“It's the police who have asked us to do this,” a DSB spokesman told AFP, as several hundred other refugees marched on a motorway hoping to get to Sweden, which has more generous asylum rules than Denmark.
At least two trains carrying around 200 refugees were being held in Rødby, Scandinavia's busiest ferry crossing to Germany.
The refugees refused to register with Danish authorities, which would mean having to apply for asylum in Denmark or returning to Germany, whereas they want to seek asylum in Sweden.
Some people had tried running from the trains but most of them were detained by police and sent to a refugee centre.
Ferry operator Scandlines told public broadcaster DR that only passengers with a car would be let on board its ferries at the crossing.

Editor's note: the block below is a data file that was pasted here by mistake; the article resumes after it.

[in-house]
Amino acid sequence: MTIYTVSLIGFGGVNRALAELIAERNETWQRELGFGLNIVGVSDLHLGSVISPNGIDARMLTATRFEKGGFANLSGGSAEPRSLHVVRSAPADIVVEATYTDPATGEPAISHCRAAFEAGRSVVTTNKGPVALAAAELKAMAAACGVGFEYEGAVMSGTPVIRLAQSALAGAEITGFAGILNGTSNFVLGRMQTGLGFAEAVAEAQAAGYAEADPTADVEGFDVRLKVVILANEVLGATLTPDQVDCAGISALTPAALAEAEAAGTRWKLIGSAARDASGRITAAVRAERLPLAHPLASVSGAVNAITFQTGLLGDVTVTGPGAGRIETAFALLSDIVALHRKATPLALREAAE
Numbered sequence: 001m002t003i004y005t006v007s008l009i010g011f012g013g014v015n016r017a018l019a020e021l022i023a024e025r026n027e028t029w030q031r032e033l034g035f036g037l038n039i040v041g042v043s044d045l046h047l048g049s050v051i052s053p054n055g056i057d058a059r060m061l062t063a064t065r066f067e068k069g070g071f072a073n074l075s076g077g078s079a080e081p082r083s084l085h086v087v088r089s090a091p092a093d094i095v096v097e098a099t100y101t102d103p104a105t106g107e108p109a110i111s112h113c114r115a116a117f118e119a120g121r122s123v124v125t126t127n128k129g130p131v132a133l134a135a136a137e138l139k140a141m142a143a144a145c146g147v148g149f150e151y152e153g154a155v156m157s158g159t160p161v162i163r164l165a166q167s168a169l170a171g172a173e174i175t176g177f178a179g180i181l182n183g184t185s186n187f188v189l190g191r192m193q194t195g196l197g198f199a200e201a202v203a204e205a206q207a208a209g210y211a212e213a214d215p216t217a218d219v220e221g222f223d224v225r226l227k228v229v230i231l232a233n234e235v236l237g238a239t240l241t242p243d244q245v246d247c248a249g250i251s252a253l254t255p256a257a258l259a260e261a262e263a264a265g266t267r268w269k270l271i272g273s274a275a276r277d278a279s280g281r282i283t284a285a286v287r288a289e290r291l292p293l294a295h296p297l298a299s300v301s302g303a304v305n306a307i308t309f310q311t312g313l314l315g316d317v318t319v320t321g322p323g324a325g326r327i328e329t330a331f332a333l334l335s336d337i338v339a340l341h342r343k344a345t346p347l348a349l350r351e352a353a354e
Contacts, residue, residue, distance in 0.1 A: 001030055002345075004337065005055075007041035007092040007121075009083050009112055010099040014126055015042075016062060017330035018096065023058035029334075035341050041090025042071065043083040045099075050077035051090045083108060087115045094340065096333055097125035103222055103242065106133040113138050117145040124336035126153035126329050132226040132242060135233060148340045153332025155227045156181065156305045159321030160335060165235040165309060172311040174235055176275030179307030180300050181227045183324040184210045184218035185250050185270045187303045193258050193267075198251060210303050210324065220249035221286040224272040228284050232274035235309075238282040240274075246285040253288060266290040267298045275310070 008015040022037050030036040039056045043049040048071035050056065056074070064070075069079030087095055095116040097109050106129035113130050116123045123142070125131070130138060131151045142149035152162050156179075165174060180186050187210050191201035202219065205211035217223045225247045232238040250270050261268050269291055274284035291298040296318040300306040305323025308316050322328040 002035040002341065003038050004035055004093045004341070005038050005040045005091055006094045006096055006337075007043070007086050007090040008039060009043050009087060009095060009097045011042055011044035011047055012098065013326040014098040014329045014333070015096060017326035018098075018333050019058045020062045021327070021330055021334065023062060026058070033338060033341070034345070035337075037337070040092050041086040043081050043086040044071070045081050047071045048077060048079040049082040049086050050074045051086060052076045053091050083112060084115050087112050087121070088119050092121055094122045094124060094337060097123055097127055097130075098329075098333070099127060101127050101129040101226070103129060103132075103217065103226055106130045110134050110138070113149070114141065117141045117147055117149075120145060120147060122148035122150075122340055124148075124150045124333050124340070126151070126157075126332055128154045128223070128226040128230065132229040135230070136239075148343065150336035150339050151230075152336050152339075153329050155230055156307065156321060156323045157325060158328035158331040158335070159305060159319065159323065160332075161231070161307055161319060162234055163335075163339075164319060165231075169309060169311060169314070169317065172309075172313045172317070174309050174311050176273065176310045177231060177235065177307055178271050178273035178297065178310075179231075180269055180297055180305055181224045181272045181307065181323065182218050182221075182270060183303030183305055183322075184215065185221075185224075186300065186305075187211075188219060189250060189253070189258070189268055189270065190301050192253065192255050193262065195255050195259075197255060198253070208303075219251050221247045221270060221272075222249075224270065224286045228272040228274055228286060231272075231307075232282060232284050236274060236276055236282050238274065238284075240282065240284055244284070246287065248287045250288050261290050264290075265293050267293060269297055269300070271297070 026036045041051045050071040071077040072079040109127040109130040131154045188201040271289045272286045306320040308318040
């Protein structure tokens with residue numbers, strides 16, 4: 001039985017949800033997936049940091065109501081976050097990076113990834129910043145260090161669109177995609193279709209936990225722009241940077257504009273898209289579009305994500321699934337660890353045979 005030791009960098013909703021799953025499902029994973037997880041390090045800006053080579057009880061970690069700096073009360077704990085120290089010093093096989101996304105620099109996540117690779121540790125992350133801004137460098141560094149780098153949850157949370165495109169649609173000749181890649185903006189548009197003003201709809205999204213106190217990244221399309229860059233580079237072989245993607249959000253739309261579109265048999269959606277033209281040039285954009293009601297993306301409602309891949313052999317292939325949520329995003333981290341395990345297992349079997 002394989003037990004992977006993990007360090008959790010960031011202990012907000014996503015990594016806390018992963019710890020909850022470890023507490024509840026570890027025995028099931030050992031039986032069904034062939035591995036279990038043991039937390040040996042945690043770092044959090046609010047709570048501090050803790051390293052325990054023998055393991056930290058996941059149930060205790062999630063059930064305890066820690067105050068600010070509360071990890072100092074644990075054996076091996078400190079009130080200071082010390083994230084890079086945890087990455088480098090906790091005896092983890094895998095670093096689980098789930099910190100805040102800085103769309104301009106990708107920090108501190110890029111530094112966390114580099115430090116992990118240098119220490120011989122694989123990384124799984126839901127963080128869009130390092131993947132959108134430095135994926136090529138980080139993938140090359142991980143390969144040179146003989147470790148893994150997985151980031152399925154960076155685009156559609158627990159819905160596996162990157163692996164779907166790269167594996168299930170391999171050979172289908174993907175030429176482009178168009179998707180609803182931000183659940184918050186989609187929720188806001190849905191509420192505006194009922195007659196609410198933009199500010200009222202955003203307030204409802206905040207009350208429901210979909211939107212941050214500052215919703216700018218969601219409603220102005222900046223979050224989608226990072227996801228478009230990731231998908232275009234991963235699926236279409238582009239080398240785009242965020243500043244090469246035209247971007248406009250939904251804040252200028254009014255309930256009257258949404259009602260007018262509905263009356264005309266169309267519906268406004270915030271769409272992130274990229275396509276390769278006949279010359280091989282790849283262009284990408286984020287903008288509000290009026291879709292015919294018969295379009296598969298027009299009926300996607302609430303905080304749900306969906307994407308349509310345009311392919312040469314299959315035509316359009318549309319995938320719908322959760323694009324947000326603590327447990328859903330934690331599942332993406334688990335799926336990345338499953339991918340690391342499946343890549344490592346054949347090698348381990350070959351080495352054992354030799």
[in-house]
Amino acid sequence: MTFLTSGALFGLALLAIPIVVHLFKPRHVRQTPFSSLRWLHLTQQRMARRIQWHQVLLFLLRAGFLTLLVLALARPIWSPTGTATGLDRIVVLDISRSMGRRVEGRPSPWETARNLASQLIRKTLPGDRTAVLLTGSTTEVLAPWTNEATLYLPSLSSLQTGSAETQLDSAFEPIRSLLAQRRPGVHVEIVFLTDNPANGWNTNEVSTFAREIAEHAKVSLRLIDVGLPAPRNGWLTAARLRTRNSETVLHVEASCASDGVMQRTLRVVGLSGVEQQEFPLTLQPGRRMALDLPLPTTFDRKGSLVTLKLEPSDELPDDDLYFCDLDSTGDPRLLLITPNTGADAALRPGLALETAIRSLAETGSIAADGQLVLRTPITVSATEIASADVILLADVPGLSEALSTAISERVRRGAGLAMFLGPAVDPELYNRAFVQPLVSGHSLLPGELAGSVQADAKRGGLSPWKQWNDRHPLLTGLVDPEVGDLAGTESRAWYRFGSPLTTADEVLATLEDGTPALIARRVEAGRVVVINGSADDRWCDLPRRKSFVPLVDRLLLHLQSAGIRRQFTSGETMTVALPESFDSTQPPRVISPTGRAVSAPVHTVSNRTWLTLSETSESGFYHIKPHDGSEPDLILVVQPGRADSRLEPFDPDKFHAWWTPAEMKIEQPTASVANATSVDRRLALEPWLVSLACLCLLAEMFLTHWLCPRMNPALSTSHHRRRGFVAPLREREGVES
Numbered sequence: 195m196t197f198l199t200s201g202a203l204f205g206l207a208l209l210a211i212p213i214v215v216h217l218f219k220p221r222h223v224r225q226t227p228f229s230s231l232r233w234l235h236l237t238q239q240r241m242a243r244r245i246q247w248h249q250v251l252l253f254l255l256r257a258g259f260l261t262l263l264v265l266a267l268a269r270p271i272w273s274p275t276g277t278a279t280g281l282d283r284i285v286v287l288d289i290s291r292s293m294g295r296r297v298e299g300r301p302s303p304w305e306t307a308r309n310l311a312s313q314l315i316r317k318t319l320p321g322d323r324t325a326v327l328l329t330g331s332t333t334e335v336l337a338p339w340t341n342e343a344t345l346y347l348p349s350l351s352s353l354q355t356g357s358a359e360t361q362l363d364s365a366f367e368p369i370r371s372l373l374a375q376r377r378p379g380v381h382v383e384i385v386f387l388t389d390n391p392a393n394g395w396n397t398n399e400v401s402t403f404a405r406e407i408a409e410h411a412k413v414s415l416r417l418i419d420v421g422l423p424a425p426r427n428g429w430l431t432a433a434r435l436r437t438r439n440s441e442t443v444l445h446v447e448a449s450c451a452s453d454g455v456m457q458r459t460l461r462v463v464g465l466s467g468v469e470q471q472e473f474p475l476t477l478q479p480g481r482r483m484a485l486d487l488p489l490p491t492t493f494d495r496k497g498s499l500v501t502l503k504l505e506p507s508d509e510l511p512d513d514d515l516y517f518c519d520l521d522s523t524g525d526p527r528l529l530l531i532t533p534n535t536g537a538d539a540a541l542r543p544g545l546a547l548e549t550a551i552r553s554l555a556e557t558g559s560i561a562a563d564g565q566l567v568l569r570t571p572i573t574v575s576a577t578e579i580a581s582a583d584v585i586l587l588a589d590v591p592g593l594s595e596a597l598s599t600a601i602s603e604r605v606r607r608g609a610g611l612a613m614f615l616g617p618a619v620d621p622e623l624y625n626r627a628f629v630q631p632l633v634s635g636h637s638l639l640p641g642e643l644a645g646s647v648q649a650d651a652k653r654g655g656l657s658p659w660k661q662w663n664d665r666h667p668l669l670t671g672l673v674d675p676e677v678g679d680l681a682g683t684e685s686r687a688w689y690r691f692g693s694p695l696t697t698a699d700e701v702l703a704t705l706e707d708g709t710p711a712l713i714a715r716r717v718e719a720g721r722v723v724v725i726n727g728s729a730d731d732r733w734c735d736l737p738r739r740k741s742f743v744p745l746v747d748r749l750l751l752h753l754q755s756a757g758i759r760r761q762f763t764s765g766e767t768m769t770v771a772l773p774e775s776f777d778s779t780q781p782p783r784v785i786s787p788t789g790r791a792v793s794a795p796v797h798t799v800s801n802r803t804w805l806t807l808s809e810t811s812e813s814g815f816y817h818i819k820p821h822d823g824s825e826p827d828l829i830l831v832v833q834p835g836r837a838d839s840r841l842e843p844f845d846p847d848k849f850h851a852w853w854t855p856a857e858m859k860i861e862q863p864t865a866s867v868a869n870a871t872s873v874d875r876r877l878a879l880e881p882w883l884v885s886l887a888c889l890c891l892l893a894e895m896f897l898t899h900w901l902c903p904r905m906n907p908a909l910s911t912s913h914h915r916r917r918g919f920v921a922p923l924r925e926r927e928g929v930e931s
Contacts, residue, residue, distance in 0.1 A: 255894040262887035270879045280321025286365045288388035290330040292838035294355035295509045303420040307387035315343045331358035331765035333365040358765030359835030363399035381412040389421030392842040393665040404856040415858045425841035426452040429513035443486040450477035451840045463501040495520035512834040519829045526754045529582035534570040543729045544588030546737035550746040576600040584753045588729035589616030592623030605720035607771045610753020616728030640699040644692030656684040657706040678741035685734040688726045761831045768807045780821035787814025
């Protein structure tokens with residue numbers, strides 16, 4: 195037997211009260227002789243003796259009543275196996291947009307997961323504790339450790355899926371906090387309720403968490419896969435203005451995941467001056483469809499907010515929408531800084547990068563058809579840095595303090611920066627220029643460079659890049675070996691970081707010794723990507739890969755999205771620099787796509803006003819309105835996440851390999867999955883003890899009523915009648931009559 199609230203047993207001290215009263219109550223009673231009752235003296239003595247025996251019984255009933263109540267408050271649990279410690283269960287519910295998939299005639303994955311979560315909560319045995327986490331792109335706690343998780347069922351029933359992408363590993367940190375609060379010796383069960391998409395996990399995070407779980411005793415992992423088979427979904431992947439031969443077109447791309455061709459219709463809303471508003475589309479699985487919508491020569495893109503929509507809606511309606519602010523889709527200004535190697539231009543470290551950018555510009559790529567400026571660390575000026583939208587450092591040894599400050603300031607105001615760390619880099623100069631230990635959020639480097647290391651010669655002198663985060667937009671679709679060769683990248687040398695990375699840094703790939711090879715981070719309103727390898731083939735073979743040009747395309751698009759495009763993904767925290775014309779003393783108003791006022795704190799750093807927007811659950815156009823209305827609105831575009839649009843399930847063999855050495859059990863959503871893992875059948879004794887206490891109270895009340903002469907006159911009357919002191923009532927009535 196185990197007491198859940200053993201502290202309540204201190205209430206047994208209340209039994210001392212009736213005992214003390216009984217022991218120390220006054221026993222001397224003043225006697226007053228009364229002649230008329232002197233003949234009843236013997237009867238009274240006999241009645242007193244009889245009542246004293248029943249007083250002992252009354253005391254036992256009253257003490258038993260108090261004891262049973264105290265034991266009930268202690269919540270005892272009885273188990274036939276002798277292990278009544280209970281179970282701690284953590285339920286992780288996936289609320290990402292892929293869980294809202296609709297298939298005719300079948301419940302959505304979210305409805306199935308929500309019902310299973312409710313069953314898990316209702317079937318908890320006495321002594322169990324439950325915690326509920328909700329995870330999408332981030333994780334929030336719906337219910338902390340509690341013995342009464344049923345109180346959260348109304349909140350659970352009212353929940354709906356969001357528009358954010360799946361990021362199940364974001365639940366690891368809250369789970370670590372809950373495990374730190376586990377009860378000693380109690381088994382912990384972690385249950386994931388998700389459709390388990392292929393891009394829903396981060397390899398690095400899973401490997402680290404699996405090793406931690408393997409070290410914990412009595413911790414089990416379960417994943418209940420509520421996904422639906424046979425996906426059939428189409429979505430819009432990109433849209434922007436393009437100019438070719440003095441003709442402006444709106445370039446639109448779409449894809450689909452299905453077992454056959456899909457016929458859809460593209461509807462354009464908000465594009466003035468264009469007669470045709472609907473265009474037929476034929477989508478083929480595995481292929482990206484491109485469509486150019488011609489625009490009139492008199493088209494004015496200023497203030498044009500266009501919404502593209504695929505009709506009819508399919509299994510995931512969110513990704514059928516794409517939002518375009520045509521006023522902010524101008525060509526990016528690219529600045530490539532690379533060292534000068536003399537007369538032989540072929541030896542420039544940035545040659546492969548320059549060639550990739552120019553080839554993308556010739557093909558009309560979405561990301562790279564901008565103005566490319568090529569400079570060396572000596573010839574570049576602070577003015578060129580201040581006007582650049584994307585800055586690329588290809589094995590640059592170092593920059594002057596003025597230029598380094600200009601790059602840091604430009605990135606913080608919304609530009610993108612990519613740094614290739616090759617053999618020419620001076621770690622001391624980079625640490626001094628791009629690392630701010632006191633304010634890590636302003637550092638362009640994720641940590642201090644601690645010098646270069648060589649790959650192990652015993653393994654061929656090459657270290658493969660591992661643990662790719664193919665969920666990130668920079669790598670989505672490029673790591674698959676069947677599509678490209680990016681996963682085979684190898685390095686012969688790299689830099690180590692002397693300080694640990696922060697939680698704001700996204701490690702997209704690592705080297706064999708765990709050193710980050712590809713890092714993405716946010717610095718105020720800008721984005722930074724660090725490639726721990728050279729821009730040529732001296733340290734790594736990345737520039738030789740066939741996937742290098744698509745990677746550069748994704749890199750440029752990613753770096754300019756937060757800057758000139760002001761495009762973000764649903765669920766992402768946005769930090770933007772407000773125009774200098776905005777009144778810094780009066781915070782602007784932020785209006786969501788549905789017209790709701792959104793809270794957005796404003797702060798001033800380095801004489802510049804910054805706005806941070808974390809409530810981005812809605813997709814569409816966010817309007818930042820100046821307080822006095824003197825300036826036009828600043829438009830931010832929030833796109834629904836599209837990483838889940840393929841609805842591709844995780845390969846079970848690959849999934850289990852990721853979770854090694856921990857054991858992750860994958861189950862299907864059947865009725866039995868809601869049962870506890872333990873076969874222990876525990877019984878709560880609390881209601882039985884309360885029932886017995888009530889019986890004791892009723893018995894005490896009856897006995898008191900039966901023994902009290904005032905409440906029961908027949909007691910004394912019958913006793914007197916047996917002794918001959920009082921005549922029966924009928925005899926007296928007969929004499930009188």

DSB had also cancelled all trains through Padborg, a German border town in the western Jutland region.
“All train traffic to and from Padborg station has currently been stopped for the safety of those who are at the station,” local police wrote on Twitter.
Police on Wednesday closed part of a motorway near Padborg as around 300 migrants set off on foot to Sweden.
They had been housed in an old school building after arriving in the town but headed for the motorway, saying they wanted to go northward to Sweden, where the asylum conditions are more generous.
Sweden has become a top EU destination for refugees by issuing permanent residency to all Syrian asylum seekers.
In contrast, Denmark has sought to reduce the influx by issuing temporary residence permits, delaying family reunifications and slashing benefits for newly-arrived immigrants.